It was an amazing scene and the impromptu stretcher was genius.
Jun 06 , 2012
Use caution as water levels continue to change
The North Channel of the Post Falls Dam.
Because of the recent heavy rainfall in the North Idaho mountains, Avista has been actively opening spill gates at our Post Falls Dam. Over the past several days, river flows and lake levels have risen steadily. The St. Joe and Coeur d’Alene rivers, which feed Coeur d’Alene Lake, have been rising for almost a week and continue to do so. Coeur d’Alene Lake reached summer elevation of 2,128 Wednesday, June 6 and continues to rise as flows into the lake exceed the amount that can flow out of the lake into the Spokane River.
Once Avista begins controlling the level of Lake Coeur d'Alene each spring, we are required to open the spill gates at Post Falls to prevent the lake from going above its summer elevation.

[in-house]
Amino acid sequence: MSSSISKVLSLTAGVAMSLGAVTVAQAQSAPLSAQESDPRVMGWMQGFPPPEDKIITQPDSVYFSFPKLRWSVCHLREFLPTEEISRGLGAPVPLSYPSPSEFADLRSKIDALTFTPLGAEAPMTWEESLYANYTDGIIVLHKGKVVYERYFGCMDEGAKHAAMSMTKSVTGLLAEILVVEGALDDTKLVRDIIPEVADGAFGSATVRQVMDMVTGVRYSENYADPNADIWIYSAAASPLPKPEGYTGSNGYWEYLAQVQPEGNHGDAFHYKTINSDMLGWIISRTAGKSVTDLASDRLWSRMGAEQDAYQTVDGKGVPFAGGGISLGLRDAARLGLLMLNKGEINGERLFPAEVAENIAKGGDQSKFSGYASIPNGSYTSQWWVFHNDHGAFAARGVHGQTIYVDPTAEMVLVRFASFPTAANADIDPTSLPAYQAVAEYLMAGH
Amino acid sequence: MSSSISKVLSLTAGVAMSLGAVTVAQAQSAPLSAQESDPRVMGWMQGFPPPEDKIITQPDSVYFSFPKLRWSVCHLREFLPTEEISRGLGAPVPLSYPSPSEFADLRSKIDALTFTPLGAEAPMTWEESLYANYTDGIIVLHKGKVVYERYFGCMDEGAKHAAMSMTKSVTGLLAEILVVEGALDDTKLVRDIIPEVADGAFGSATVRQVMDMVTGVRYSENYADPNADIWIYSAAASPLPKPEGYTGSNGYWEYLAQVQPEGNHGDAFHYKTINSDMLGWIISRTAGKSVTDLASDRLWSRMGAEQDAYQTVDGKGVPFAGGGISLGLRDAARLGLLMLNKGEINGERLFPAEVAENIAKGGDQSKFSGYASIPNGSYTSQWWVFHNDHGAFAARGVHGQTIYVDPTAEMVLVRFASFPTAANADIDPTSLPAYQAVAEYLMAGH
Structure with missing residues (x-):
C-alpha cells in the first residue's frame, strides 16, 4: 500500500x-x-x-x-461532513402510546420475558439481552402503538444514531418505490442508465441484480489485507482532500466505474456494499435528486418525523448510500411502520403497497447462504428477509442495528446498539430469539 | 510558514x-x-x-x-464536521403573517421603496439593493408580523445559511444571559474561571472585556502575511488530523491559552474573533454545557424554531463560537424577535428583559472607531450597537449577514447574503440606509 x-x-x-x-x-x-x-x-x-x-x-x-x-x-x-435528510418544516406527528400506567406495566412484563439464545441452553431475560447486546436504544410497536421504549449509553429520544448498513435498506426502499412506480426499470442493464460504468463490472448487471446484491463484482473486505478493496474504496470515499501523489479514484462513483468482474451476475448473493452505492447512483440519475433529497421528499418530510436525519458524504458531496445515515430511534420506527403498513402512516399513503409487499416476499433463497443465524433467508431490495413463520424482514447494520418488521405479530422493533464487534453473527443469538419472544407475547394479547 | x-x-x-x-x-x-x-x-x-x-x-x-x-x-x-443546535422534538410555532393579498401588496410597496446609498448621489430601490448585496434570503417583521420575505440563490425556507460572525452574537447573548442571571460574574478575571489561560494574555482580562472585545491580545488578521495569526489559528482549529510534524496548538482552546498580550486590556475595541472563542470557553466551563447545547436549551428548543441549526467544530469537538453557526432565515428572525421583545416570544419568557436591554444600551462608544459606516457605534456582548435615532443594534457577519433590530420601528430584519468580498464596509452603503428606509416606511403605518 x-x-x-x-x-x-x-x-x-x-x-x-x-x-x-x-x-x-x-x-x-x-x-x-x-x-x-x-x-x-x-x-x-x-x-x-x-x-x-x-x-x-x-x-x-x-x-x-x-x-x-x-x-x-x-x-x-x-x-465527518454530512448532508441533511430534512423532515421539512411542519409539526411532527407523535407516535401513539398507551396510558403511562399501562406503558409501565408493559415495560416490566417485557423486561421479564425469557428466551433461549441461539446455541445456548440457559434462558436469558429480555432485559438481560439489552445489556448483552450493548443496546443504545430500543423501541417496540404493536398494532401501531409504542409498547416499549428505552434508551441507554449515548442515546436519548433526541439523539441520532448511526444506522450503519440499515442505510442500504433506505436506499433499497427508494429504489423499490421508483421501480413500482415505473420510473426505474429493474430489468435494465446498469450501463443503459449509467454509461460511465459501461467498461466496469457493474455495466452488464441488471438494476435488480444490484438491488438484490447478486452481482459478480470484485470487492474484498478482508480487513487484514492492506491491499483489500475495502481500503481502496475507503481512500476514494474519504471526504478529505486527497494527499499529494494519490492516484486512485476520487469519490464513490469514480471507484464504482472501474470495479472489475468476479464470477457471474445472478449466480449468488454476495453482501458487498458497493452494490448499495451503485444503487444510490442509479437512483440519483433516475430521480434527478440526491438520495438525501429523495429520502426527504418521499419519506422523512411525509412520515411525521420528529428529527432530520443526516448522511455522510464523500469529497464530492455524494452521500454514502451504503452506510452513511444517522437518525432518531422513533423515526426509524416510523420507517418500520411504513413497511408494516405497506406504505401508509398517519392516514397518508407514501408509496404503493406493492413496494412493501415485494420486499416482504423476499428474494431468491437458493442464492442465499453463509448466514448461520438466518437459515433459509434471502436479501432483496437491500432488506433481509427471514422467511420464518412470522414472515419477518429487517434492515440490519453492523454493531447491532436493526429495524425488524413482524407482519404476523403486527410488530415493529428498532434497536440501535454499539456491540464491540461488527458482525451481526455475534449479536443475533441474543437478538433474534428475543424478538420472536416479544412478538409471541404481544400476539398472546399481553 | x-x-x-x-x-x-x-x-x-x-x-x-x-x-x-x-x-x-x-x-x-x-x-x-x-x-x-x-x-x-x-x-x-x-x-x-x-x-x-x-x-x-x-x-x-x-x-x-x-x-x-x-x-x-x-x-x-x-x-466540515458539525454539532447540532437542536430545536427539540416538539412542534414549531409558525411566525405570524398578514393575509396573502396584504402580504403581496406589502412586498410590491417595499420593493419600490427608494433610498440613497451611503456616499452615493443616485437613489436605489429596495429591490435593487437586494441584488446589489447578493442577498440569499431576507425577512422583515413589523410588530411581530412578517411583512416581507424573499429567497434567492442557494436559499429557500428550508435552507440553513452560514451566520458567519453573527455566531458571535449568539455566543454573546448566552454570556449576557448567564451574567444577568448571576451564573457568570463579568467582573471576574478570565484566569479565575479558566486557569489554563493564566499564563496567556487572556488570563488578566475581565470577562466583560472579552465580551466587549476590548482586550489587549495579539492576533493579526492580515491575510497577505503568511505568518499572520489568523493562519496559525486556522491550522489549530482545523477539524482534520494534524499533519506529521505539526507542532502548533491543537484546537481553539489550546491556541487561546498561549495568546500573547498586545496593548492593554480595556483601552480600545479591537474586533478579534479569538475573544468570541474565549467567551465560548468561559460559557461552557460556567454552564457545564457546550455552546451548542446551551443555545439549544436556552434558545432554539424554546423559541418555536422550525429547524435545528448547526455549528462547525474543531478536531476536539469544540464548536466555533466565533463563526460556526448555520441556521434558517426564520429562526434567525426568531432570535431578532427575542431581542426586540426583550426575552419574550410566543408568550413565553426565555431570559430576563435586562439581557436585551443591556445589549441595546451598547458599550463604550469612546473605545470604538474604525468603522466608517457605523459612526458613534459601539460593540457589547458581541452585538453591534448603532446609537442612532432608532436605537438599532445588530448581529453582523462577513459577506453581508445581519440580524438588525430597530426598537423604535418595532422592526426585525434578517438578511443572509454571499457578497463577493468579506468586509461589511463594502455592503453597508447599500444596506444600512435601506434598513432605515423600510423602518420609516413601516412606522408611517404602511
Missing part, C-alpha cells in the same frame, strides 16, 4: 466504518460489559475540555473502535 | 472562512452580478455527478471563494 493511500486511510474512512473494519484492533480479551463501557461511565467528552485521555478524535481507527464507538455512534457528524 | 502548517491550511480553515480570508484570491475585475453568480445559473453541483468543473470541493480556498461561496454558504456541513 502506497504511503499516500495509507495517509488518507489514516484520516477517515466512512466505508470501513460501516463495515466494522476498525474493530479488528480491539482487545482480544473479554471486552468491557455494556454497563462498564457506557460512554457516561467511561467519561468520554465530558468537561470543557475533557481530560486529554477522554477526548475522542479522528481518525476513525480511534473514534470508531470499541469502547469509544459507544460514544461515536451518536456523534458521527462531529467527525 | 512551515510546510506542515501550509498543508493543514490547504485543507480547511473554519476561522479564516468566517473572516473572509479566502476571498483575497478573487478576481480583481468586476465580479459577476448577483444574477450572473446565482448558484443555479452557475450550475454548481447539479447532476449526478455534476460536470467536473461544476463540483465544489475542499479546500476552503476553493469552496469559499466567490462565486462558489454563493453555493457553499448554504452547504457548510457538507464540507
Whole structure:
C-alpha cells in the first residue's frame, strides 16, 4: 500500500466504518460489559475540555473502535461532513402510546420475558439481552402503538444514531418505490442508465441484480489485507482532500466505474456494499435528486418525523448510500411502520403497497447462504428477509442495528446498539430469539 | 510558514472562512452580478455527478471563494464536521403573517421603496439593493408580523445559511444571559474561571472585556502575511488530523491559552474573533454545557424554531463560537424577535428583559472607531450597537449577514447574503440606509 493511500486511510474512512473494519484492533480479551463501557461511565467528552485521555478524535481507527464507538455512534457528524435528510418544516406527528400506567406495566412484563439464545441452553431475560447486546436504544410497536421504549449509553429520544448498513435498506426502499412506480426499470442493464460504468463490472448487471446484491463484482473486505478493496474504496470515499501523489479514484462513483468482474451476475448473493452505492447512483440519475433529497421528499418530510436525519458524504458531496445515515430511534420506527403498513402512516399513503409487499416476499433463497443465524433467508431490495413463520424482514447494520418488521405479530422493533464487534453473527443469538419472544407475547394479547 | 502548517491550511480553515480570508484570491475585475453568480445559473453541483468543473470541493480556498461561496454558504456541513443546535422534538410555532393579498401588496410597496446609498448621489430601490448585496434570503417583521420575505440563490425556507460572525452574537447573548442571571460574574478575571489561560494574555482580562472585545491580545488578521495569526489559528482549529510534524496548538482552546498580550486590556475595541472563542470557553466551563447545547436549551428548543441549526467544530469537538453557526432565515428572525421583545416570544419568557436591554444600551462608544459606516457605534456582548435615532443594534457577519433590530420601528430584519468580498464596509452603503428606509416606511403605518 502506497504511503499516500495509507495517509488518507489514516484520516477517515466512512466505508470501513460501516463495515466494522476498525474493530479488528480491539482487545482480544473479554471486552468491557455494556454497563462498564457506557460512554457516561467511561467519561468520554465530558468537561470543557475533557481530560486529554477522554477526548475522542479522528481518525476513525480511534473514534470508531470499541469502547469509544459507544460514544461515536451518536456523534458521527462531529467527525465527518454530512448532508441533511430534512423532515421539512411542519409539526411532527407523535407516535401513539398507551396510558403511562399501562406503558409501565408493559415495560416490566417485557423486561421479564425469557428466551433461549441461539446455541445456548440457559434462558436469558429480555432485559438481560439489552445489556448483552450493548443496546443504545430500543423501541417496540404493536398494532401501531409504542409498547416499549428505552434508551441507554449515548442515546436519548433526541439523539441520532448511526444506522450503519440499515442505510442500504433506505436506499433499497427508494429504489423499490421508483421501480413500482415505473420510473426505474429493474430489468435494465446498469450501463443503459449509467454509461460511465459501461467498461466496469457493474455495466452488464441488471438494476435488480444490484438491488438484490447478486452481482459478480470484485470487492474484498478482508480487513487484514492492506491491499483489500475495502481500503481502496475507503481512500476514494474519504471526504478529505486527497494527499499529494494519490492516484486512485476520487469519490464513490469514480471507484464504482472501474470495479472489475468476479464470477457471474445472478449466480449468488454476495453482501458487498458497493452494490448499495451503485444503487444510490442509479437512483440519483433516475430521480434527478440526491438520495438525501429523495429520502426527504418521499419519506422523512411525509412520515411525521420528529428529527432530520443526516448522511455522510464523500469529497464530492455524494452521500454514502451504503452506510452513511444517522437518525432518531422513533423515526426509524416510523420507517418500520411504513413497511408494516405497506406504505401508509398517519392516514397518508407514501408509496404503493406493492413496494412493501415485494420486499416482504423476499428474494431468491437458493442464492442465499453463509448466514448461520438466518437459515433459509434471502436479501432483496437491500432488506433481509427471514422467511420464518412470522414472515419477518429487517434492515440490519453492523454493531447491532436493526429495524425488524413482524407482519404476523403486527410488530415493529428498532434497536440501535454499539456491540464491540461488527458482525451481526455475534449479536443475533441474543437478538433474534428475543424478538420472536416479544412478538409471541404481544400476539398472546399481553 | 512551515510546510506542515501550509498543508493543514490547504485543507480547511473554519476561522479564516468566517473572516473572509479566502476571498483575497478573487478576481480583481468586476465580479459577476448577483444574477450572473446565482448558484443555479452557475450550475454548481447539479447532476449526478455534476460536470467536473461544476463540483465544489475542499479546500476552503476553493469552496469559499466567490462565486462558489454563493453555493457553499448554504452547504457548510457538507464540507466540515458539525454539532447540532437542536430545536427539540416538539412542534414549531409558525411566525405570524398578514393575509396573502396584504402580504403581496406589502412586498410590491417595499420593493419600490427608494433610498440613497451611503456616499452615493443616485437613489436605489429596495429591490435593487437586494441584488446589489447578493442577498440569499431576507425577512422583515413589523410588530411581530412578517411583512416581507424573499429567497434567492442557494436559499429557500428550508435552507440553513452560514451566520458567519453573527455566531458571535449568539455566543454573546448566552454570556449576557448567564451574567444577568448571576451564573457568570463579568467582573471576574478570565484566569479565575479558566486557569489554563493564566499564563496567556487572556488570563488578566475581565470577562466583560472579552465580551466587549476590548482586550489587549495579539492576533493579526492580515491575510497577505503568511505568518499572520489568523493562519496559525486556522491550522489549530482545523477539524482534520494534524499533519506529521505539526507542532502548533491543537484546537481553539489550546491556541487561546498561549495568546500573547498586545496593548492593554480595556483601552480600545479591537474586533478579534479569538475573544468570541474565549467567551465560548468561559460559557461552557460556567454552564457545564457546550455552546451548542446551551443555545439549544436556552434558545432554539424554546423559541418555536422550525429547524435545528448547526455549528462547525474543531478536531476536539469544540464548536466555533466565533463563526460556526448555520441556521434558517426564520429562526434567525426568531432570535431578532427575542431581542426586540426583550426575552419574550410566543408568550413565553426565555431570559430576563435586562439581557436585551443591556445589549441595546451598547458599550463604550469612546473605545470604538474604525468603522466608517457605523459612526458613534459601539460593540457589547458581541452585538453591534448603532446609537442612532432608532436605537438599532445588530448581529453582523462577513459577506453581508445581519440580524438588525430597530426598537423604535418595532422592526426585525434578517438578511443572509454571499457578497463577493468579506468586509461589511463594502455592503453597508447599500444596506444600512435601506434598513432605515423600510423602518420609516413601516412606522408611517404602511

There is still above-average snowpack in the high mountains for this time of year, and the National Weather Service is predicting higher than normal precipitation and cooler temperatures for the month of June.
How does it all work?
You may wonder why river levels drop above Post Falls Dam when Avista opens the spill gates. In the summer, when all the spill gates are closed, the river is filled with water and acts more like a lake. Levels are held at a level very close to that of Coeur d’Alene Lake. But when we open the spill gates (some of which open all the way down to the river bed), the river flows naturally and the elevation of the water drops to river level. This is naturally much lower than it is when the gates are closed and the water is stacked up behind the dam - in fact, when all the gates are open, the elevation of the river above the dam is eight vertical feet lower than the summer level when the gates are closed.
We want to remind you to always exercise caution on the water, as river and lake levels can change at any time depending on weather and other factors. The water is still cold, which puts those who are recreating in a lake or river at risk for hypothermia.